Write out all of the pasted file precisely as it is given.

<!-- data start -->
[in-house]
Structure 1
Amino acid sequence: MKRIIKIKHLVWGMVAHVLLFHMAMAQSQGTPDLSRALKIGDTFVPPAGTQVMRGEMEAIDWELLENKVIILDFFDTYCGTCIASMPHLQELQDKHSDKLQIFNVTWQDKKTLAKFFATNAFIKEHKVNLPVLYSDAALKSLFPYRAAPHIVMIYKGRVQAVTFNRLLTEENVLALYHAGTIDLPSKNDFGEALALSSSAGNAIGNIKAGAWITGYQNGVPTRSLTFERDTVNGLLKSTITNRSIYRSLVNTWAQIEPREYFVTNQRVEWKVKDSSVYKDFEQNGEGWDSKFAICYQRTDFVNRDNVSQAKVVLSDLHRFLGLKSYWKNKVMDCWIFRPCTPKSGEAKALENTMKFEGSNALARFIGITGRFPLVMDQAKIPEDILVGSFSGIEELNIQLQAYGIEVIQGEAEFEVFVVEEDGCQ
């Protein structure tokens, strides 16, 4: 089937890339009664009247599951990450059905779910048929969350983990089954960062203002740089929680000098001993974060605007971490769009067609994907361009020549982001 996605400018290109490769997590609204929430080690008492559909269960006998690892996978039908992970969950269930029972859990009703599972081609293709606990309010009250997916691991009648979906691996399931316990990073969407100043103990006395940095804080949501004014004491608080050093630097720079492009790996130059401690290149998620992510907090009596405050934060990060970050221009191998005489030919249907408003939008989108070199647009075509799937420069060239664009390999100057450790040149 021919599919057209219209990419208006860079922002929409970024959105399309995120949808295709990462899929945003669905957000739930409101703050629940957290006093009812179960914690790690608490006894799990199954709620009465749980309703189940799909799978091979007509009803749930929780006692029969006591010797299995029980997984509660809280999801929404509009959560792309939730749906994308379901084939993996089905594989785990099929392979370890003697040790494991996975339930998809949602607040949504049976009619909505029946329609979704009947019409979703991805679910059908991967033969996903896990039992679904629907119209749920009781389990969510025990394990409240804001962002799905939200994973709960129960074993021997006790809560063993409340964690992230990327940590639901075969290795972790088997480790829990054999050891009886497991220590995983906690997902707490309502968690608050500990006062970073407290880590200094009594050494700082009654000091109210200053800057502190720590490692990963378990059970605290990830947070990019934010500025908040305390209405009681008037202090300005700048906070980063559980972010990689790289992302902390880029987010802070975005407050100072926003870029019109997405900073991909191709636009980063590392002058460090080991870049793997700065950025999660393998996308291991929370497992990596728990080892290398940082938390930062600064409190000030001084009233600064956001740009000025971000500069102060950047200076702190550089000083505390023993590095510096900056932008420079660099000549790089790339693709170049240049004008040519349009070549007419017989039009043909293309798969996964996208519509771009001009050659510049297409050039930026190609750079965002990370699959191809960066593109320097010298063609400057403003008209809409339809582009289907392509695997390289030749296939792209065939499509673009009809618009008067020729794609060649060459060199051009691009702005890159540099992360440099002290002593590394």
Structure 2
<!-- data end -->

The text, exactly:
[in-house]
Structure 1
Amino acid sequence: MKRIIKIKHLVWGMVAHVLLFHMAMAQSQGTPDLSRALKIGDTFVPPAGTQVMRGEMEAIDWELLENKVIILDFFDTYCGTCIASMPHLQELQDKHSDKLQIFNVTWQDKKTLAKFFATNAFIKEHKVNLPVLYSDAALKSLFPYRAAPHIVMIYKGRVQAVTFNRLLTEENVLALYHAGTIDLPSKNDFGEALALSSSAGNAIGNIKAGAWITGYQNGVPTRSLTFERDTVNGLLKSTITNRSIYRSLVNTWAQIEPREYFVTNQRVEWKVKDSSVYKDFEQNGEGWDSKFAICYQRTDFVNRDNVSQAKVVLSDLHRFLGLKSYWKNKVMDCWIFRPCTPKSGEAKALENTMKFEGSNALARFIGITGRFPLVMDQAKIPEDILVGSFSGIEELNIQLQAYGIEVIQGEAEFEVFVVEEDGCQ
């Protein structure tokens, strides 16, 4: 089937890339009664009247599951990450059905779910048929969350983990089954960062203002740089929680000098001993974060605007971490769009067609994907361009020549982001 996605400018290109490769997590609204929430080690008492559909269960006998690892996978039908992970969950269930029972859990009703599972081609293709606990309010009250997916691991009648979906691996399931316990990073969407100043103990006395940095804080949501004014004491608080050093630097720079492009790996130059401690290149998620992510907090009596405050934060990060970050221009191998005489030919249907408003939008989108070199647009075509799937420069060239664009390999100057450790040149 021919599919057209219209990419208006860079922002929409970024959105399309995120949808295709990462899929945003669905957000739930409101703050629940957290006093009812179960914690790690608490006894799990199954709620009465749980309703189940799909799978091979007509009803749930929780006692029969006591010797299995029980997984509660809280999801929404509009959560792309939730749906994308379901084939993996089905594989785990099929392979370890003697040790494991996975339930998809949602607040949504049976009619909505029946329609979704009947019409979703991805679910059908991967033969996903896990039992679904629907119209749920009781389990969510025990394990409240804001962002799905939200994973709960129960074993021997006790809560063993409340964690992230990327940590639901075969290795972790088997480790829990054999050891009886497991220590995983906690997902707490309502968690608050500990006062970073407290880590200094009594050494700082009654000091109210200053800057502190720590490692990963378990059970605290990830947070990019934010500025908040305390209405009681008037202090300005700048906070980063559980972010990689790289992302902390880029987010802070975005407050100072926003870029019109997405900073991909191709636009980063590392002058460090080991870049793997700065950025999660393998996308291991929370497992990596728990080892290398940082938390930062600064409190000030001084009233600064956001740009000025971000500069102060950047200076702190550089000083505390023993590095510096900056932008420079660099000549790089790339693709170049240049004008040519349009070549007419017989039009043909293309798969996964996208519509771009001009050659510049297409050039930026190609750079965002990370699959191809960066593109320097010298063609400057403003008209809409339809582009289907392509695997390289030749296939792209065939499509673009009809618009008067020729794609060649060459060199051009691009702005890159540099992360440099002290002593590394």
Structure 2